Fraser Island receptionist leading secret double life
A THANK-you letter, postmarked Katmandu, has shed light on the secret double life of a seemingly mild-mannered hotel receptionist at Kingfisher Bay Resort.
Bianca Lovelace isn't your average hotel receptionist.
The 26-year-old has been working on Fraser since last year but child welfare activist Peter Humphris has revealed she's also been secretly moonlighting and making a huge difference in the lives of under-privileged children half-a-world-away in Nepal.
"You have an amazing member of staff on your team," Mr Humphris wrote to Kingfisher Bay Resort management recently.
Mr Humphris wrote that Bianca's selfless passion for life extended out far from Fraser's sandy shores to a small, poor village in Katmandu where she sponsors several children - giving them a full-time education, medical attention and opportunities they would never have otherwise.
"Bianca visits them, spends time with them, helps raise funds for them and for others like them - through our charity organisation, In Giving We Receive," he wrote.
"The future belongs to those who believe in the beauty of their dreams and Bianca is very much a part of making those beautiful dreams a reality in the slums of Katmandu."
For Bianca herself, the catalyst for this life change came when she accepted a job as a nanny in Canada in 2009 and decided to fit in some travel first.
She and her best friend Elyse signed up on the spur-of-the-moment to volunteer with orphans and underprivileged children at a small Nepalese school called Snowlands Ranag.
A chance meeting with some like-minded souls from the IGWR charity - based in Western Australia's Fremantle - set the girls on a path to sponsoring their first small child from the slums of Katmandu.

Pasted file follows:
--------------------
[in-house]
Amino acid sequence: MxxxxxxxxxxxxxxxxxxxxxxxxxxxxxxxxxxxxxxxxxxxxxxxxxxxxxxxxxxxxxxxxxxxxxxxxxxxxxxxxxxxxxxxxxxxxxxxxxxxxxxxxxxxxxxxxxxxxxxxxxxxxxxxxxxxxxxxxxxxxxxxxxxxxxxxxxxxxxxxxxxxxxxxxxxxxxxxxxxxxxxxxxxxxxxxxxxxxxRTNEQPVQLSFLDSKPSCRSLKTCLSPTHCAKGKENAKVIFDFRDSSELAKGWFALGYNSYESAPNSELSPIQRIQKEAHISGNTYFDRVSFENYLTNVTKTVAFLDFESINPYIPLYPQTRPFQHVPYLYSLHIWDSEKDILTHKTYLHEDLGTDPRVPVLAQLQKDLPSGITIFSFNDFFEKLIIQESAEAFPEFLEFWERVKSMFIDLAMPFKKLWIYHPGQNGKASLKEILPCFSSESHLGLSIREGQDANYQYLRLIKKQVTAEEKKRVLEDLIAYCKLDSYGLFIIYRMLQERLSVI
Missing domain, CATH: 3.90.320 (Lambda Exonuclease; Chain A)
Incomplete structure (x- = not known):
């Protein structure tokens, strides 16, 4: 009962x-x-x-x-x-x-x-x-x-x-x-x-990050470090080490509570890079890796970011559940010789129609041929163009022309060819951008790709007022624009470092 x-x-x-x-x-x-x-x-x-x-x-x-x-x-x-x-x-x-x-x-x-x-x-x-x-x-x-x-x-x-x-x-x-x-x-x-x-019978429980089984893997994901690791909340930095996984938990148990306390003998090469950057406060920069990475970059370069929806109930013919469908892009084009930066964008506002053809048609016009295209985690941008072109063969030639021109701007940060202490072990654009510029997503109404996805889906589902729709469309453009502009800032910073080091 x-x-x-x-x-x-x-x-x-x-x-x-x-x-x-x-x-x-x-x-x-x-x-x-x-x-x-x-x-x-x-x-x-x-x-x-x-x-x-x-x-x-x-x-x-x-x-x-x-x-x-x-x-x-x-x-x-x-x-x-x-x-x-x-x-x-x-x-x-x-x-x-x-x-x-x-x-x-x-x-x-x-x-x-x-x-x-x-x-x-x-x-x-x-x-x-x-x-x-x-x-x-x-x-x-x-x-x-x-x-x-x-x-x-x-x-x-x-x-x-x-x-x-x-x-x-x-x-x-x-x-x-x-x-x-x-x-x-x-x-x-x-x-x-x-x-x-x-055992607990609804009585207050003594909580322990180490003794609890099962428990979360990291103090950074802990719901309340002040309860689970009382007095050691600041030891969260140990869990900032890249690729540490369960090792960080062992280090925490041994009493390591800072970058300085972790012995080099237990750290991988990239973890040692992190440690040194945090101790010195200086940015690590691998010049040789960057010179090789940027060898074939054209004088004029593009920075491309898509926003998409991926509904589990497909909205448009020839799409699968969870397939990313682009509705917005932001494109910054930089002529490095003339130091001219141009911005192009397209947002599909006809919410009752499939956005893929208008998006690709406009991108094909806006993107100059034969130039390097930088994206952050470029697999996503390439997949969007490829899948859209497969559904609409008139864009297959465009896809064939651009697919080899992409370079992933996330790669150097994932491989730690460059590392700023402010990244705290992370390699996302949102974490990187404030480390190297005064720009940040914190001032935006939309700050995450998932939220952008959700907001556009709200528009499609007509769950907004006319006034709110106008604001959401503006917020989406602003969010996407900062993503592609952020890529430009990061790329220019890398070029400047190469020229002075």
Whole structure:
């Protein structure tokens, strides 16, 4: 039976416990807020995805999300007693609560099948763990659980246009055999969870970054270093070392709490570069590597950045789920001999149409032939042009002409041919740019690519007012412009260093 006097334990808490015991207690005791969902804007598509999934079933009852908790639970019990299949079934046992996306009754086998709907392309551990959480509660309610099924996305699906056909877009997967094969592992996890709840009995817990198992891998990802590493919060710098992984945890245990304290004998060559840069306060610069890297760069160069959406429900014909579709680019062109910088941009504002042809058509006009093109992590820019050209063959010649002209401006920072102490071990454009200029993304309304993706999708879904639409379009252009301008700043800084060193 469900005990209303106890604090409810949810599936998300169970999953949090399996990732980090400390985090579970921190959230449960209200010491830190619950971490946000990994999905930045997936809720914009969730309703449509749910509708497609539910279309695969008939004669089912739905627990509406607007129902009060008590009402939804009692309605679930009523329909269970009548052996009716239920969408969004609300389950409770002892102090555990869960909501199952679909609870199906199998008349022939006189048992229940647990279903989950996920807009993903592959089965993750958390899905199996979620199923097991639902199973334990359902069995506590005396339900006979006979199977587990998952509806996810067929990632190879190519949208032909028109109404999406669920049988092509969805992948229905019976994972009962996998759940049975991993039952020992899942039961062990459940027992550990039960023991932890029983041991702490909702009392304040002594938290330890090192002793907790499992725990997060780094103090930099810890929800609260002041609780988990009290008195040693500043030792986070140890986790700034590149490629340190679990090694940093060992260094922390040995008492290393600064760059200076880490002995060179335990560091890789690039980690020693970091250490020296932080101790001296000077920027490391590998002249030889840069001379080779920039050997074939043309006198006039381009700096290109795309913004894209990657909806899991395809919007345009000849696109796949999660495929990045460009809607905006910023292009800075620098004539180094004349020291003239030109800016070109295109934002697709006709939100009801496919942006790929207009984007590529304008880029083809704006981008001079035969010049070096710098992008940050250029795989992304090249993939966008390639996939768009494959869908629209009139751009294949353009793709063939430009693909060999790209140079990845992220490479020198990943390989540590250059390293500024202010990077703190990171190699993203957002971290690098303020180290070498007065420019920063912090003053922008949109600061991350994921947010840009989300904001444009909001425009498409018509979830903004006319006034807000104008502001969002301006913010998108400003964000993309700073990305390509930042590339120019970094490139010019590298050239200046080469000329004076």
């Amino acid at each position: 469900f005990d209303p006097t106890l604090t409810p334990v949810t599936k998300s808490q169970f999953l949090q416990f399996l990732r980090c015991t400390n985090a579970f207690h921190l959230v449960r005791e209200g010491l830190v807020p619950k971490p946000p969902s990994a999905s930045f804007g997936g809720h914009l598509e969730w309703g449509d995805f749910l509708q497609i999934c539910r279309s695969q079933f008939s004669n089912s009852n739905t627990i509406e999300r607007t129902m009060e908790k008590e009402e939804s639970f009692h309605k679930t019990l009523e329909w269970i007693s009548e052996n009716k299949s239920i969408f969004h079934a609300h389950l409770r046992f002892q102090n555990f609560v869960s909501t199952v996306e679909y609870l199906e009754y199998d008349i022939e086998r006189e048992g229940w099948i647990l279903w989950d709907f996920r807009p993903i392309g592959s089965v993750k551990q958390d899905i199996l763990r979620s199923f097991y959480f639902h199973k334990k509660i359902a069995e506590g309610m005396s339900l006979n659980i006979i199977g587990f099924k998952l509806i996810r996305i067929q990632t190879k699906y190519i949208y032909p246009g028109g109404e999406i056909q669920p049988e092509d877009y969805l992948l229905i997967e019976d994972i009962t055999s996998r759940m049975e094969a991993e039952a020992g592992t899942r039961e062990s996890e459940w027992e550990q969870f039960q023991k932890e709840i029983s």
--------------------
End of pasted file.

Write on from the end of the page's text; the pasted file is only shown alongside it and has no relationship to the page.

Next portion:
"Ever since I was little I always wanted to save the world," she said.
"But, as I grew older, I realised that wasn't going to happen on a global scale but that I did have the power to save one little child from a life of poverty and heartache - so that's what I'm doing."
Bianca said many children in third-world countries were born into horrible circumstances that forced them to grow up too fast and did not allow them to enjoy what she enjoyed as a child - or they didn't survive that long.
"Meeting Sandesh, my little Nepalese sponsor child, for the first time and seeing this beautiful little boy with so much pain and sadness in his eyes broke my heart," she said.
"He was so dirty; he smelled horrible and he was covered in bites from his father and scabies.
"His arm had also been wrongly set and stuck out at an odd angle.
"Yet, here was this gorgeous, loving little boy hiding under it all.
"He was the first kid to break me in Nepal.
"He made me question a lot of things about my life and also brought me incredible joy when I saw the difference I had made in his life and quality of life."
Nepal has found a firm place in Bianca's heart.
"I've been back four times since that 2009 visit, with more planned every 18 months or so," she said.
"I have days were I get so angry at the way the system works over there, but I have to realise that Nepal and Australia are worlds apart.
"Mostly my time there is a very humbling experience.
"It's amazing and rewarding, and brings a lot of happiness but it can also bring a lot of heartache and sadness.
"I love Nepal but more so I love those children and whilst I can see that I am making a difference to them I will continue to work on Fraser Island and go back when I can."